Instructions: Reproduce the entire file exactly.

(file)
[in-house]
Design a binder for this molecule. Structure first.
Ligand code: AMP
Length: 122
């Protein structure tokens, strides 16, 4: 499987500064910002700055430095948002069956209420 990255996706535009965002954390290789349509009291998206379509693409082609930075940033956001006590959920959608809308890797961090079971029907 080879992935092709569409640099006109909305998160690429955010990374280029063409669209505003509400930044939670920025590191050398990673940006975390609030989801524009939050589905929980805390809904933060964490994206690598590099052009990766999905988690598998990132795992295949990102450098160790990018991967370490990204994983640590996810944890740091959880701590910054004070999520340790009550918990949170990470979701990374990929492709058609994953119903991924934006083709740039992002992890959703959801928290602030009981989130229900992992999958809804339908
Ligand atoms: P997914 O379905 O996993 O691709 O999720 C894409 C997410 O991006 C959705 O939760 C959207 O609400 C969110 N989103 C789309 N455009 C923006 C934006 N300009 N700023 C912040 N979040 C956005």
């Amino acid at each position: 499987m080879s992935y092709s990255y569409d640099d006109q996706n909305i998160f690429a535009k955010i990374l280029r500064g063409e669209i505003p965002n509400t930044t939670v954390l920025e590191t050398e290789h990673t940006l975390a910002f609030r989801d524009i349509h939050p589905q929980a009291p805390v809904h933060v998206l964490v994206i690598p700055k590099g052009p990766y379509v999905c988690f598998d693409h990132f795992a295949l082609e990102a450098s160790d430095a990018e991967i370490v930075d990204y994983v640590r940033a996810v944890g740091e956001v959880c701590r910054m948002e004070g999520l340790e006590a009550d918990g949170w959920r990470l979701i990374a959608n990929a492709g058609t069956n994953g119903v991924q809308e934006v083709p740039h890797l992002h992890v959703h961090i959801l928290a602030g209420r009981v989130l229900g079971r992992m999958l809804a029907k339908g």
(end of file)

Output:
[in-house]
Design a binder for this molecule. Structure first.
Ligand code: AMP
Length: 122
């Protein structure tokens, strides 16, 4: 499987500064910002700055430095948002069956209420 990255996706535009965002954390290789349509009291998206379509693409082609930075940033956001006590959920959608809308890797961090079971029907 080879992935092709569409640099006109909305998160690429955010990374280029063409669209505003509400930044939670920025590191050398990673940006975390609030989801524009939050589905929980805390809904933060964490994206690598590099052009990766999905988690598998990132795992295949990102450098160790990018991967370490990204994983640590996810944890740091959880701590910054004070999520340790009550918990949170990470979701990374990929492709058609994953119903991924934006083709740039992002992890959703959801928290602030009981989130229900992992999958809804339908
Ligand atoms: P997914 O379905 O996993 O691709 O999720 C894409 C997410 O991006 C959705 O939760 C959207 O609400 C969110 N989103 C789309 N455009 C923006 C934006 N300009 N700023 C912040 N979040 C956005």
């Amino acid at each position: 499987m080879s992935y092709s990255y569409d640099d006109q996706n909305i998160f690429a535009k955010i990374l280029r500064g063409e669209i505003p965002n509400t930044t939670v954390l920025e590191t050398e290789h990673t940006l975390a910002f609030r989801d524009i349509h939050p589905q929980a009291p805390v809904h933060v998206l964490v994206i690598p700055k590099g052009p990766y379509v999905c988690f598998d693409h990132f795992a295949l082609e990102a450098s160790d430095a990018e991967i370490v930075d990204y994983v640590r940033a996810v944890g740091e956001v959880c701590r910054m948002e004070g999520l340790e006590a009550d918990g949170w959920r990470l979701i990374a959608n990929a492709g058609t069956n994953g119903v991924q809308e934006v083709p740039h890797l992002h992890v959703h961090i959801l928290a602030g209420r009981v989130l229900g079971r992992m999958l809804a029907k339908g």